Gaga for the Lady
BY Louis Virtel
November 13 2008 12:00 AM ET
The racy Lady
Gaga, née Stefani Germanotta, entered hard on singles
charts (particularly on iTunes) with the Colby
O’Donis-aided single "Just Dance" off her
recently released debut, The Fame. Now her candor and
showmanship have earned her a Billboard Top 20 album,
comparisons to Madonna, and frequent championing from
that ubiquitous gay force Perez Hilton.
celebrity behavior as ritualized art form, a Noh drama in
which limousine arrivals, saucy Maxim interview
quotes, and prison mug shots are all equally rehearsed and
mastered. Though Gaga looks like a Gwen Stefani take
on T. Rex, her intentions, to some degree, are as
serious as a textbook. She believes pop music is
vital, never lowbrow. And maybe she would know best, having
worked with and written tracks for Britney Spears, the
Pussycat Dolls, and New Kids on the Block.
The Advocate phoned Lady Gaga to discuss her
influences, her raunchy persona, and the salacious lady she
calls her "total girl-crush." Oh, and the story behind
that highly suggestive "disco stick" she brandishes
onstage like a titanium emblem off a homosexual
You approach fame like a pop archaeologist,
studying its bizarreness and machinations. Now how does
it feel to experience fame so suddenly? Oh, it’s really overwhelming and very
exciting. It’s interesting, because you usually
think about fame a certain kind of way in your head, but I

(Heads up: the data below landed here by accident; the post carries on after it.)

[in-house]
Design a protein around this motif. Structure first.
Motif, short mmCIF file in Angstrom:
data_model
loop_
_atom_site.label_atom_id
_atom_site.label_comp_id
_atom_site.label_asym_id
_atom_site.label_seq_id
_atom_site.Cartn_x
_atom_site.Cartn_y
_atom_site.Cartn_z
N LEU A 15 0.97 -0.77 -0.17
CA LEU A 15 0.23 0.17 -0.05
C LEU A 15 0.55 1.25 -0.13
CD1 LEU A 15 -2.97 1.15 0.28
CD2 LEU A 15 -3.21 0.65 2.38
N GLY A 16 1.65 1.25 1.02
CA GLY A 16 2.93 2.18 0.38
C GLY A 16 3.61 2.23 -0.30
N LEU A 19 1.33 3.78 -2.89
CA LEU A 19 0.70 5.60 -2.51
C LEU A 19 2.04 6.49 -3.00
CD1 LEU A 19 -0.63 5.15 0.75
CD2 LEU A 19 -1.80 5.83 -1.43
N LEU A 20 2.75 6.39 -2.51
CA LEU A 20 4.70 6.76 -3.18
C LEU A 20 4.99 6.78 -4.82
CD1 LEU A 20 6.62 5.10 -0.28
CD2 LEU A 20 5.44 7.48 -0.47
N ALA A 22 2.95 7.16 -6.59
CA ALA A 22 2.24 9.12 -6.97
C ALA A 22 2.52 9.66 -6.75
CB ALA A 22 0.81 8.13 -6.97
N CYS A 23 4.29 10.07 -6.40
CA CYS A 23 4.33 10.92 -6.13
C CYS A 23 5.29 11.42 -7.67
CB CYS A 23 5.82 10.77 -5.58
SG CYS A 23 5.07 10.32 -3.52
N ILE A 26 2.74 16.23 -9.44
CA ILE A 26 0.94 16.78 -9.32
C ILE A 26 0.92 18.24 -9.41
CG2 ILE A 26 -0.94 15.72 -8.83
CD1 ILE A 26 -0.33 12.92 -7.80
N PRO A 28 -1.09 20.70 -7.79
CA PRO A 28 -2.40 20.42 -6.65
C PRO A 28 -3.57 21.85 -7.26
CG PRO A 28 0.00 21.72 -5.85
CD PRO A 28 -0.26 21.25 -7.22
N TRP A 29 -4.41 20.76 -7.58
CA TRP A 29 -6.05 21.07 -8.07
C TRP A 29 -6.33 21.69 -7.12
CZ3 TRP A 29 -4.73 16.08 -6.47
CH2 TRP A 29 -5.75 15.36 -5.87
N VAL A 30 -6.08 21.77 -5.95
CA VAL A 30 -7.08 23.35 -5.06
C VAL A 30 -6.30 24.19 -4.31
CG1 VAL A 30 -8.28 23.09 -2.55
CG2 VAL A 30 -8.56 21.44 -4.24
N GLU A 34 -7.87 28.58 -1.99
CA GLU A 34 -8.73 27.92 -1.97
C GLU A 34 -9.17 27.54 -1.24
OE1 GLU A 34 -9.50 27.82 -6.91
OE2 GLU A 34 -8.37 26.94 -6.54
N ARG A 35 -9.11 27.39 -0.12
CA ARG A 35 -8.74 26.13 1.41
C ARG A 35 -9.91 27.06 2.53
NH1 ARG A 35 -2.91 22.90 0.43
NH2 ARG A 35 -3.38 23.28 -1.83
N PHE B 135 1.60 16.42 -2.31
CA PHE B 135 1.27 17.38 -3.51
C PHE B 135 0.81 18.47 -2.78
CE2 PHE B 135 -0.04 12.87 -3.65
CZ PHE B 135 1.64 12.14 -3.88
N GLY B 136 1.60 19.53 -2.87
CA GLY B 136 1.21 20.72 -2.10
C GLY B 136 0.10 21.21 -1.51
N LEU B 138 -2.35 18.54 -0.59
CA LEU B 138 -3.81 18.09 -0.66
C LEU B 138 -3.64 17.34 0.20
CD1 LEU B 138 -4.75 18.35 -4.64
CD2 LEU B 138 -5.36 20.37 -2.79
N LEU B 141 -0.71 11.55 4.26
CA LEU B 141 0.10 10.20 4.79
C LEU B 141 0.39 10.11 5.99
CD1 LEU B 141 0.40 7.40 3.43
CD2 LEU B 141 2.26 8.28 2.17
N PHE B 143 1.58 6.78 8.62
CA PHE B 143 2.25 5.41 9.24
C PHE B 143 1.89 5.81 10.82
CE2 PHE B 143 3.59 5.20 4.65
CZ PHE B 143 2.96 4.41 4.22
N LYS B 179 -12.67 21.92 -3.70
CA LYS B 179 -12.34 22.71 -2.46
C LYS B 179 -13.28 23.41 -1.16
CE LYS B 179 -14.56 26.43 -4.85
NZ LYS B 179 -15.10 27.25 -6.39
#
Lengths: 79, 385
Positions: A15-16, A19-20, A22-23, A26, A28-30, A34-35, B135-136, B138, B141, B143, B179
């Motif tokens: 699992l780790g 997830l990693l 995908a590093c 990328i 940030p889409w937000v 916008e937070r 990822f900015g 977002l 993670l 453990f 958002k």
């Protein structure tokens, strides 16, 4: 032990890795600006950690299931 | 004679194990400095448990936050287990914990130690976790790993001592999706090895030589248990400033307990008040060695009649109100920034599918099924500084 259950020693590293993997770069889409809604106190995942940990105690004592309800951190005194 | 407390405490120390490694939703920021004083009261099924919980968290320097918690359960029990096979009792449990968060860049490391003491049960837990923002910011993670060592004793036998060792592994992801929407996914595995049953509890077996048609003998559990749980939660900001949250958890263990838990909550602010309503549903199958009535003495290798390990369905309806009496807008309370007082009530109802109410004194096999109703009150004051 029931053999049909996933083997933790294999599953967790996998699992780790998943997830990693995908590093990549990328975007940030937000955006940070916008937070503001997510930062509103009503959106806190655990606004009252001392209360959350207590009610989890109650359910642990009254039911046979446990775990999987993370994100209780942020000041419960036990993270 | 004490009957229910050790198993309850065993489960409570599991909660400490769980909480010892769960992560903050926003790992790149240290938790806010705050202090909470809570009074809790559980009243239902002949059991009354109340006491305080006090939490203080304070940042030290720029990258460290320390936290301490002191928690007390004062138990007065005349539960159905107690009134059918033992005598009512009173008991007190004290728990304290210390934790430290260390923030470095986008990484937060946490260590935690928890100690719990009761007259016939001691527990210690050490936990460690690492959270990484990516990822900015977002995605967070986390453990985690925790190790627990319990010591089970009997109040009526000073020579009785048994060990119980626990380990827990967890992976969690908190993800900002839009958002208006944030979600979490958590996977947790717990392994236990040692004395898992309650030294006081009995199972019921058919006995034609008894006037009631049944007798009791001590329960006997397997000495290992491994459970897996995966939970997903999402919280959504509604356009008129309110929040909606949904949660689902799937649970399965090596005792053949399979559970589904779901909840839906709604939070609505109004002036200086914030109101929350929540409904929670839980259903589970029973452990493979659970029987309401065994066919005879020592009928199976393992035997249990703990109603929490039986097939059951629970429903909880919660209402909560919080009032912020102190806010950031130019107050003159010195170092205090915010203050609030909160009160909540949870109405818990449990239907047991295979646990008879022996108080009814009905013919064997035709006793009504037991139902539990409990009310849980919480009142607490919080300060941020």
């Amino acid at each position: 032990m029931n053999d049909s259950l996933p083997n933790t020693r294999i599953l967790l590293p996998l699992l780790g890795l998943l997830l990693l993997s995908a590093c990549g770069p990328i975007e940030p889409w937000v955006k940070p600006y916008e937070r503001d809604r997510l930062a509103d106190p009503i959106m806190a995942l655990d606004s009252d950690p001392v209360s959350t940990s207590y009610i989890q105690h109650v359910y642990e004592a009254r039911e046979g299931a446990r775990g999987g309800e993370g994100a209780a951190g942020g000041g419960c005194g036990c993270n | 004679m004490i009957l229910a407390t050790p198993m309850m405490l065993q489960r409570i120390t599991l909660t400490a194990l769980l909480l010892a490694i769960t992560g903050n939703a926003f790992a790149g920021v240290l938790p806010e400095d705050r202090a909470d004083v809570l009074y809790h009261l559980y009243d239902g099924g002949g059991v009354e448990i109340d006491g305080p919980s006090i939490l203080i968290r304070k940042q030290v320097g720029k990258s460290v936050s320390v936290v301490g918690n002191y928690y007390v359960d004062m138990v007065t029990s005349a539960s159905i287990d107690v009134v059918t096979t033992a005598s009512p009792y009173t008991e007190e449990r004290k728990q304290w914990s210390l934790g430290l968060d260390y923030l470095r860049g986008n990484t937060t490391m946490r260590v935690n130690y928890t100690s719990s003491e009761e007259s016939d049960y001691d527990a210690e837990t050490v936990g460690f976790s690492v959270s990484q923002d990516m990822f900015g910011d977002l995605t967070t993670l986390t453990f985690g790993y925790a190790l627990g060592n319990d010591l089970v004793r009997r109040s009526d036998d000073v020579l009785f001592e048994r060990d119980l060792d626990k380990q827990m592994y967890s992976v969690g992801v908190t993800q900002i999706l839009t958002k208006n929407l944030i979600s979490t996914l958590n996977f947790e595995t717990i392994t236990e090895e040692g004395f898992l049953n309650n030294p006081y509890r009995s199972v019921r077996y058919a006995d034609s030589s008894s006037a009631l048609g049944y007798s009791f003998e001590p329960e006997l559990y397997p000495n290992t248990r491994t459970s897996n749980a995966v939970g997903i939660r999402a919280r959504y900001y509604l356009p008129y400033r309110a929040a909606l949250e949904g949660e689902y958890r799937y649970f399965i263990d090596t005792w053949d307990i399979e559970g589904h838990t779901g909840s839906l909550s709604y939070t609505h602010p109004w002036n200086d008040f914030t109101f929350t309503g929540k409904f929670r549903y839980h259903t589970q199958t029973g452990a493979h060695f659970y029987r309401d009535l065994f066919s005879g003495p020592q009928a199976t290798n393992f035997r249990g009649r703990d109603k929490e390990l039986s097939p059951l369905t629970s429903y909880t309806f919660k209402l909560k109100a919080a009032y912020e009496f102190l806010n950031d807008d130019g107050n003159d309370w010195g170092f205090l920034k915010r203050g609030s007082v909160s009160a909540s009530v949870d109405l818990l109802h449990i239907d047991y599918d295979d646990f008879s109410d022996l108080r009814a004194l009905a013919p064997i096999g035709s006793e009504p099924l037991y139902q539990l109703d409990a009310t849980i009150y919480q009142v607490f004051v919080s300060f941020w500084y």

really didn't have a real moment of it until I saw myself on
iTunes at number 1. Because that's your music, you
know? So that was a really different moment for me, as
someone who analyzes fame and celebrity obsession and
media culture and, you know, fame as an art form -- it was
kind of a real moment for me to have my first real dose of
Your bluntness and defiance are signature
attributes. What made you this way? Do you always seek
to defy? No, I guess it’s just that New York girl
in me. I've got a pinch of some punk in my blood. I've
always been that way; I was always pretty bad-ass
growing up, trying to stay out late. I was always in bands
with boys. I just always wanted to be independent,
making music, and a free woman. It’s just kind
of always been in my blood.
You're a fixture on Perez Hilton’s site. Do you
devoutly follow celeb gossip as part of your interest in glamour? I used to be more in tune with it than I am now.
Now I'm a lot more focused on, you know, my project,
and more focused on articulating how I'm going to
bring all of my ideas about fame into fruition in my work.
But, yeah, I'm certainly up to date on pop culture -- I read
Perez’s site all the time. I have a tremendous
amount of respect for him as a pop culture journalist.
I'm for sure up to date. It’s funny, I do a lot of
research, if anything, on YouTube and the internet a lot.
Kind of seeing what other artists are doing, fashion
overseas, things like that.
What artists are you watching out for right now? Right now I'm excited that Marilyn Manson's
working on his new album. I'm kind of gearing up for
The influences you've cited in past interviews are
totems of gay culture -- Madonna, David Bowie, Boy
George, Sinéad O'Connor, Andy Warhol. What
draws you to these people? What do you glean from them? They're performance artists. They go much
further and much beyond being a singer and musician.
It’s about being a visionary and a storyteller. I
just use these artists as a template as the kind of artist I
want to be and the kind of figure that I want to be